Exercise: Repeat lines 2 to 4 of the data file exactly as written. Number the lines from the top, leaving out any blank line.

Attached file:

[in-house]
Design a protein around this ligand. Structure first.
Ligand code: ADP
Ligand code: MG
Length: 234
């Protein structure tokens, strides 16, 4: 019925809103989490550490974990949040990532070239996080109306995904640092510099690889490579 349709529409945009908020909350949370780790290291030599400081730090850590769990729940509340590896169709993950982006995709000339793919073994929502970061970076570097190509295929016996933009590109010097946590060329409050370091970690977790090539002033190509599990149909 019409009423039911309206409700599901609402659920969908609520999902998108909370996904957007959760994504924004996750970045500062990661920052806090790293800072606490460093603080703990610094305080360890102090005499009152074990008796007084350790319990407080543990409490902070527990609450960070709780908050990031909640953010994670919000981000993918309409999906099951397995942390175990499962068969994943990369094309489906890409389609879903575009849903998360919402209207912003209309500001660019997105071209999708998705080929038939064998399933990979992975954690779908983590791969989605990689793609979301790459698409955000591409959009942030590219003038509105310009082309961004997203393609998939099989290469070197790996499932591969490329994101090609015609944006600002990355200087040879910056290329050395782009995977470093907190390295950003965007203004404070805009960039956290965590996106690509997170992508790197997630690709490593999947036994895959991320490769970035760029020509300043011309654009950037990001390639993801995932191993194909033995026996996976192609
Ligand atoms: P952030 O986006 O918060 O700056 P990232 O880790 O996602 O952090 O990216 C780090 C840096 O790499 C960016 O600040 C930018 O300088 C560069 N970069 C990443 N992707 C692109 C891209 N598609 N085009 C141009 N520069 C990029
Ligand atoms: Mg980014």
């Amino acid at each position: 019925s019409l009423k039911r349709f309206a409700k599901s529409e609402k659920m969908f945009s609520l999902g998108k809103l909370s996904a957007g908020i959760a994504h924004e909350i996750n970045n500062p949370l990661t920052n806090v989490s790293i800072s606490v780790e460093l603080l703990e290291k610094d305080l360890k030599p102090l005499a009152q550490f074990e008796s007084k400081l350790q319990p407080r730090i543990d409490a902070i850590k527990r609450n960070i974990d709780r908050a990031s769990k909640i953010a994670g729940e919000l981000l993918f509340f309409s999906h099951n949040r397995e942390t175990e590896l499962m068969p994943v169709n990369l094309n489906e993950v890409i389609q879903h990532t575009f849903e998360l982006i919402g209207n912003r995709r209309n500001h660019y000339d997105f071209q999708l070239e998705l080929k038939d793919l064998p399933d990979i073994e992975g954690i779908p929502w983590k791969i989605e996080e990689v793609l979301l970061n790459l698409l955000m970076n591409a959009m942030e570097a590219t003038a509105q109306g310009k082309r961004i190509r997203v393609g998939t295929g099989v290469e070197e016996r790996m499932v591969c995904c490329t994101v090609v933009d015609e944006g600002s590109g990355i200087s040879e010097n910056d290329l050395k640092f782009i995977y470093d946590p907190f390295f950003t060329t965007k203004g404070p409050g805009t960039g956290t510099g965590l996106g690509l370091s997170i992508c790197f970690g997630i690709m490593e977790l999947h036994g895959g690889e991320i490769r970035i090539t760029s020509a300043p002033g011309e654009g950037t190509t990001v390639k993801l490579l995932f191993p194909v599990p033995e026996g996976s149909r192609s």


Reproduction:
Design a protein around this ligand. Structure first.
Ligand code: ADP
Ligand code: MG